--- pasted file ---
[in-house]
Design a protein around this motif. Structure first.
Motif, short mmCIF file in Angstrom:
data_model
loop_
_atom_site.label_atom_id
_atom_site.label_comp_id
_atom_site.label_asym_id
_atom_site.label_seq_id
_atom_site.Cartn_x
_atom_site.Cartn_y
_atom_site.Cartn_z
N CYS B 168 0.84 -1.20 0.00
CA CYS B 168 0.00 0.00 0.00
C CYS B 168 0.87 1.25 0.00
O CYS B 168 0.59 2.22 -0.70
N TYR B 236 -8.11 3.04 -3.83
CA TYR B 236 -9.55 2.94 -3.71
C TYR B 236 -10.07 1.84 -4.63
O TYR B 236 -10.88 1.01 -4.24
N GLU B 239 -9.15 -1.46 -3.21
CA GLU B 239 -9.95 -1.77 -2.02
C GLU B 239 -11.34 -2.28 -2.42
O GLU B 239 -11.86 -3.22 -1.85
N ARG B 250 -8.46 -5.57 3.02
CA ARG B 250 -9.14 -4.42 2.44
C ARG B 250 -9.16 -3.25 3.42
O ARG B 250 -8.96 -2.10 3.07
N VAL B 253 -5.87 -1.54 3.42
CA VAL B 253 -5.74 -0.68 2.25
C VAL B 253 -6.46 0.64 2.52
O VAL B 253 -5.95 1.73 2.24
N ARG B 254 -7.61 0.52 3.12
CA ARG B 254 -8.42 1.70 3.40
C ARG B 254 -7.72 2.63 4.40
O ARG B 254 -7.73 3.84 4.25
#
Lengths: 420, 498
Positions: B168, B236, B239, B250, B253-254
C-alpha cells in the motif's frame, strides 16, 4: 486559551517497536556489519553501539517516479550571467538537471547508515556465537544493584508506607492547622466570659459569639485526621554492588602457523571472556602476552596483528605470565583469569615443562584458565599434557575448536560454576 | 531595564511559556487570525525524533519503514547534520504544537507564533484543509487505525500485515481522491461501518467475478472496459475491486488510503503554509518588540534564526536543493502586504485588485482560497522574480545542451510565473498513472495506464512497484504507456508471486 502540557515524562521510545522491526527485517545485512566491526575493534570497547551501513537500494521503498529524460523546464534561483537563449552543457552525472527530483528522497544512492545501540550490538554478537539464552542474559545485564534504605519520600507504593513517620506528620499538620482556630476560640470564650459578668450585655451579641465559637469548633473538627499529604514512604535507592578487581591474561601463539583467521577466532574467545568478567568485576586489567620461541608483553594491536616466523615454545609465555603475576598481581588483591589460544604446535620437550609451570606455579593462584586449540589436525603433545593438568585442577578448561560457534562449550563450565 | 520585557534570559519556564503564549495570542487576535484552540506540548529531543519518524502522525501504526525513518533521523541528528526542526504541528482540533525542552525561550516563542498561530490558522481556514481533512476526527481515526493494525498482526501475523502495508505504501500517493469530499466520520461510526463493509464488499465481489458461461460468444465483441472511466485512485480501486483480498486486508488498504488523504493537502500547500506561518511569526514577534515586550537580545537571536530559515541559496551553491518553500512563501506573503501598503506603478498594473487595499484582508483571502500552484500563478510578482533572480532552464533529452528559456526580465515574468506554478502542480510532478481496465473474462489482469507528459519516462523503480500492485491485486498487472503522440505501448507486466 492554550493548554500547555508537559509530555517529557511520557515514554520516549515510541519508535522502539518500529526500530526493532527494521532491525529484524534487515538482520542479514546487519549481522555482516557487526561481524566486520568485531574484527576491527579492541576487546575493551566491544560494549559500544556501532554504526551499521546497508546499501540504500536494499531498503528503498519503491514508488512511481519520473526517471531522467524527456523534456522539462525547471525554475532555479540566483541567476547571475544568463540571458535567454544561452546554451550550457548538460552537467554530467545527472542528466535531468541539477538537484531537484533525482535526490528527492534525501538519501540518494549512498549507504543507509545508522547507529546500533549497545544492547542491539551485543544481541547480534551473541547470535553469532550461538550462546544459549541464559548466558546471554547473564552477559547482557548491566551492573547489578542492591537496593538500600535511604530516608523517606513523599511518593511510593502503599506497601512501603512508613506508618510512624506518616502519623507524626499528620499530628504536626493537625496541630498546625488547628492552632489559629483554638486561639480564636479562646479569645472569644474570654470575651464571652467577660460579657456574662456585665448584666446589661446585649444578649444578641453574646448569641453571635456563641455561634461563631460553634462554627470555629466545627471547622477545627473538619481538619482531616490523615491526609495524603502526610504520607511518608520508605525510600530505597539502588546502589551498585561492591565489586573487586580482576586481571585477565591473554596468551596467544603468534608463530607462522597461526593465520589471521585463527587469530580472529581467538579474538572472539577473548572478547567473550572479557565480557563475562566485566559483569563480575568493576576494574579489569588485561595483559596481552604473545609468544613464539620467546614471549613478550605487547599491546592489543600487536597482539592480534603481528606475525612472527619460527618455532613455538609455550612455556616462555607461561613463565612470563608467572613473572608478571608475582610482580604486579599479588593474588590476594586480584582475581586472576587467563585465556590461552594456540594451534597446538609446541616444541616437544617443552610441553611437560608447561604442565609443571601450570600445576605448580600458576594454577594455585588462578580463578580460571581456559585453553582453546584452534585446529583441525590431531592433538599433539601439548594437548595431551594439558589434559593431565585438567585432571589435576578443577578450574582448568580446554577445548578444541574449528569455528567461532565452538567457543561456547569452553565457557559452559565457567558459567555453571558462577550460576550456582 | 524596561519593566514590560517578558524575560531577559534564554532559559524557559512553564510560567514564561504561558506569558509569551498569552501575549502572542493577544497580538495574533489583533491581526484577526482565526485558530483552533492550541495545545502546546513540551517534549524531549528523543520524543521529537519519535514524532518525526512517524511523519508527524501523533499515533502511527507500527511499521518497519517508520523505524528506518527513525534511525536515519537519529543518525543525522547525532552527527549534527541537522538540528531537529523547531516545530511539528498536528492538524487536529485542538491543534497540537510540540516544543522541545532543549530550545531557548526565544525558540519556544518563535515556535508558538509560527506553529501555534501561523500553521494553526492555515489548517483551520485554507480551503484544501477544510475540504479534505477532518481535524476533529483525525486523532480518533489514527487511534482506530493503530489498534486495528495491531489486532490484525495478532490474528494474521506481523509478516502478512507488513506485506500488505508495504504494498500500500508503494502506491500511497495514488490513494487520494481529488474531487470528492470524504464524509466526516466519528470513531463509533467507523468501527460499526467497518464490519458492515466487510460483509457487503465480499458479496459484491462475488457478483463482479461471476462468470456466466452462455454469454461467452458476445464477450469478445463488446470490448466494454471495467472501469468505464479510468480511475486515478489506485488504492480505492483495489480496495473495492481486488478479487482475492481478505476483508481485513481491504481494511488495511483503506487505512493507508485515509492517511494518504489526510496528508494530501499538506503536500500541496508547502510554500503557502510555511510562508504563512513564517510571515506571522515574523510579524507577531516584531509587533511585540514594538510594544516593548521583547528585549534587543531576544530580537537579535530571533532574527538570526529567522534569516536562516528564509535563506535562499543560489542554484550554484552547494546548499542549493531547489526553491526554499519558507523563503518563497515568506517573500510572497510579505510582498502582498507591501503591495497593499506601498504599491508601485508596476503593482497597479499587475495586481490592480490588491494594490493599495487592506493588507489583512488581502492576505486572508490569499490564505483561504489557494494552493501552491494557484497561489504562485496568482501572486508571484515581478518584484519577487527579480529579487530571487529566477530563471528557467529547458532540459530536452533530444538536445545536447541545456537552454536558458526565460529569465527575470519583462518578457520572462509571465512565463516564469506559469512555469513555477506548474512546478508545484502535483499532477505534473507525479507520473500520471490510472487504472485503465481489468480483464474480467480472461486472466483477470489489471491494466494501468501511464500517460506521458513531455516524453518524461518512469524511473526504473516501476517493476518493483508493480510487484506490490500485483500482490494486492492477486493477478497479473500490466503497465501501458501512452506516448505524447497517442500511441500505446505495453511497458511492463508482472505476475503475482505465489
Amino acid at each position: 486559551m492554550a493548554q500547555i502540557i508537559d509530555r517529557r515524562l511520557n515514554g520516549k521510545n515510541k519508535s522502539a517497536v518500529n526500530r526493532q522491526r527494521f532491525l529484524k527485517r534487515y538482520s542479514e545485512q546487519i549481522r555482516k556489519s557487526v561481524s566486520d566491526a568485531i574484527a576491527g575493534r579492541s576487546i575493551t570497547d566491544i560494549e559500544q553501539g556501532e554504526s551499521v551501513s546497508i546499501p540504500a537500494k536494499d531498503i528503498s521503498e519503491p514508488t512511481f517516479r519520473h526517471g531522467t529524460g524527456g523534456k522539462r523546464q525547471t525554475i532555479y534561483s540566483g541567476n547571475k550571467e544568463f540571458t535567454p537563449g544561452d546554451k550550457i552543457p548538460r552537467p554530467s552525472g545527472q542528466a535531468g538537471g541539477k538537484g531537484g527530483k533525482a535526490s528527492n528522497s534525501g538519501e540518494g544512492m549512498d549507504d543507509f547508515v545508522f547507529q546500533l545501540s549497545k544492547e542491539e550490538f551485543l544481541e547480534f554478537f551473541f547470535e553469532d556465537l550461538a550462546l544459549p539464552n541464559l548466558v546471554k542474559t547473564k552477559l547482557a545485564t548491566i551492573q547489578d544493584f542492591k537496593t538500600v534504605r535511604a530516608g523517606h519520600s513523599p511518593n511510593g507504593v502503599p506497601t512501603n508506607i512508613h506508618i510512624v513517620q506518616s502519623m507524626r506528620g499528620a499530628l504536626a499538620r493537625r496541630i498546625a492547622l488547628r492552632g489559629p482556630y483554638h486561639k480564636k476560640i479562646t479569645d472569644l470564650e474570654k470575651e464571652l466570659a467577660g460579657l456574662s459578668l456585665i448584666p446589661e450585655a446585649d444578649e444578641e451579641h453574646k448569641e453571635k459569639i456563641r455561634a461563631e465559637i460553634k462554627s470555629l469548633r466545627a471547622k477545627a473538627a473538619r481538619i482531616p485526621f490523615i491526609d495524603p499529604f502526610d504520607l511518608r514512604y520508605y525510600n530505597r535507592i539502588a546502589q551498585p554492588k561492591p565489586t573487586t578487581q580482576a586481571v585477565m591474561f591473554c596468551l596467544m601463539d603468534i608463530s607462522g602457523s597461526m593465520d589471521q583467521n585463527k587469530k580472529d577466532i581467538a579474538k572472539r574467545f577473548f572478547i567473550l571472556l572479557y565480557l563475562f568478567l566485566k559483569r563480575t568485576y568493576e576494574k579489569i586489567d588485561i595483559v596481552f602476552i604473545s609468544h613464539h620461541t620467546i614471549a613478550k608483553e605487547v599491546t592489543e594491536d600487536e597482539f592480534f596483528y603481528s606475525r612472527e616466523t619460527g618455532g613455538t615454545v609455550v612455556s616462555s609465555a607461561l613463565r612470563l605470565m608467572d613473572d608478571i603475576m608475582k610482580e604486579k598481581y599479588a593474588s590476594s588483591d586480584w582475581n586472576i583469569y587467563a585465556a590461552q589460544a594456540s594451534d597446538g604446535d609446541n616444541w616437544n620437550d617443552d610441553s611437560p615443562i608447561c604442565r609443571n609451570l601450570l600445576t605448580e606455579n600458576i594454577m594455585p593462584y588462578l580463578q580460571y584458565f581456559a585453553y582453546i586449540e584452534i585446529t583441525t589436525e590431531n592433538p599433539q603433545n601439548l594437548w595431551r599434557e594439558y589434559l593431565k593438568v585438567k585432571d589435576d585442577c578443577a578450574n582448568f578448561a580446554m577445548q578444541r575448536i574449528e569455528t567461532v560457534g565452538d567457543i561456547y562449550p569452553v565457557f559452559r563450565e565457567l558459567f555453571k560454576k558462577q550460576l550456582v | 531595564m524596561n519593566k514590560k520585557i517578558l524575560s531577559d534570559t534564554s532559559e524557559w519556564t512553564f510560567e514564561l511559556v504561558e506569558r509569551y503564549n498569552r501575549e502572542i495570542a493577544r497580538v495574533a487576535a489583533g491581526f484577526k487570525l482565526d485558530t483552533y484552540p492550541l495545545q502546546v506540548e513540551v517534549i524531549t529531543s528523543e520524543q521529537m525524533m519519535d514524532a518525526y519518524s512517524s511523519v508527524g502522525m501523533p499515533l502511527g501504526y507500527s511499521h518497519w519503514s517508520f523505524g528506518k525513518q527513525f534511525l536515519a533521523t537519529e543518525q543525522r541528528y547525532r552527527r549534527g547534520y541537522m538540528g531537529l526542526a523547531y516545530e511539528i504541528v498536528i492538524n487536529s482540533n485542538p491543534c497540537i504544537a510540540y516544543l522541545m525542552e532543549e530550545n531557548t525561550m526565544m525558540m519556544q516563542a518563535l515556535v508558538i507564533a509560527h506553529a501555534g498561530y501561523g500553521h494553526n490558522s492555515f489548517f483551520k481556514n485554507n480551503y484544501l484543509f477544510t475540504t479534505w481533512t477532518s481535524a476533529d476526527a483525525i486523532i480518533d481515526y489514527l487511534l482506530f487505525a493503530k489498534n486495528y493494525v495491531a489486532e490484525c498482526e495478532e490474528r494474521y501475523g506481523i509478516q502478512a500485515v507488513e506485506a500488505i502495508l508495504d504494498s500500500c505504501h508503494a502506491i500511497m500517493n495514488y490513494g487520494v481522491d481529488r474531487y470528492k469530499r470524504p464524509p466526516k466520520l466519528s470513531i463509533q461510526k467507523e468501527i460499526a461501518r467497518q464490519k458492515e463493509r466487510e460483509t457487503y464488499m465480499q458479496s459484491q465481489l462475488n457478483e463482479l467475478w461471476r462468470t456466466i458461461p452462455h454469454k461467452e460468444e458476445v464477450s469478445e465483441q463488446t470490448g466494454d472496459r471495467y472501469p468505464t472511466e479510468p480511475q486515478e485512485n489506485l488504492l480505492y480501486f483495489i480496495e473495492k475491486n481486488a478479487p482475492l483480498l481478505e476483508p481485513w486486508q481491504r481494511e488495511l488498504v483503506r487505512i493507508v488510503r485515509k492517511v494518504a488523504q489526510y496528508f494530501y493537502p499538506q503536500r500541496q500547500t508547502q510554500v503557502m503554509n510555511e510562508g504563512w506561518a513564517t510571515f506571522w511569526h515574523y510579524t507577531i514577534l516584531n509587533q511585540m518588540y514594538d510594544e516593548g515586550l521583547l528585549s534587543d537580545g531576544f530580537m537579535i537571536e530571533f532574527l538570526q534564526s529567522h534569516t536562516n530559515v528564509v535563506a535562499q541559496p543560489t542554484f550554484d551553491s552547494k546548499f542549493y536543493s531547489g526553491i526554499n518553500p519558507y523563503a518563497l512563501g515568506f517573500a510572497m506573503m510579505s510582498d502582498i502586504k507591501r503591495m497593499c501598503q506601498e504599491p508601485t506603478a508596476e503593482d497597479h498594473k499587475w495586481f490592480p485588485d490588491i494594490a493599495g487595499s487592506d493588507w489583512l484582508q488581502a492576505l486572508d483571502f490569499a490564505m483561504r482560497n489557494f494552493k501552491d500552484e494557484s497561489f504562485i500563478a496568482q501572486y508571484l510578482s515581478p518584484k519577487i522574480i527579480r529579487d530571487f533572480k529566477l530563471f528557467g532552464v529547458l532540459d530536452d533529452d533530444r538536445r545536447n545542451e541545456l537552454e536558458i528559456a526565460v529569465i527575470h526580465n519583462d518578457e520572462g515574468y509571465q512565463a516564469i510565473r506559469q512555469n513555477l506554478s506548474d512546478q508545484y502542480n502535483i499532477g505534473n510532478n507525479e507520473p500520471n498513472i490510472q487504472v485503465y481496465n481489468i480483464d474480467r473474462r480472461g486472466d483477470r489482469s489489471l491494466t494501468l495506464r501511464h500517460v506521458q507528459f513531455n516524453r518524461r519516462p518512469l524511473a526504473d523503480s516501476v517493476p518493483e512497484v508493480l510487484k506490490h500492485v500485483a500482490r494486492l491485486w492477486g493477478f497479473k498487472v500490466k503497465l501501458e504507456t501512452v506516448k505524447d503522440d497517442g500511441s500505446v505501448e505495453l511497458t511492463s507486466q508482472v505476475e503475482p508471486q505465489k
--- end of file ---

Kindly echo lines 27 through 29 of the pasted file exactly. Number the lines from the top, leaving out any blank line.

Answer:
C ARG B 250 -9.16 -3.25 3.42
O ARG B 250 -8.96 -2.10 3.07
N VAL B 253 -5.87 -1.54 3.42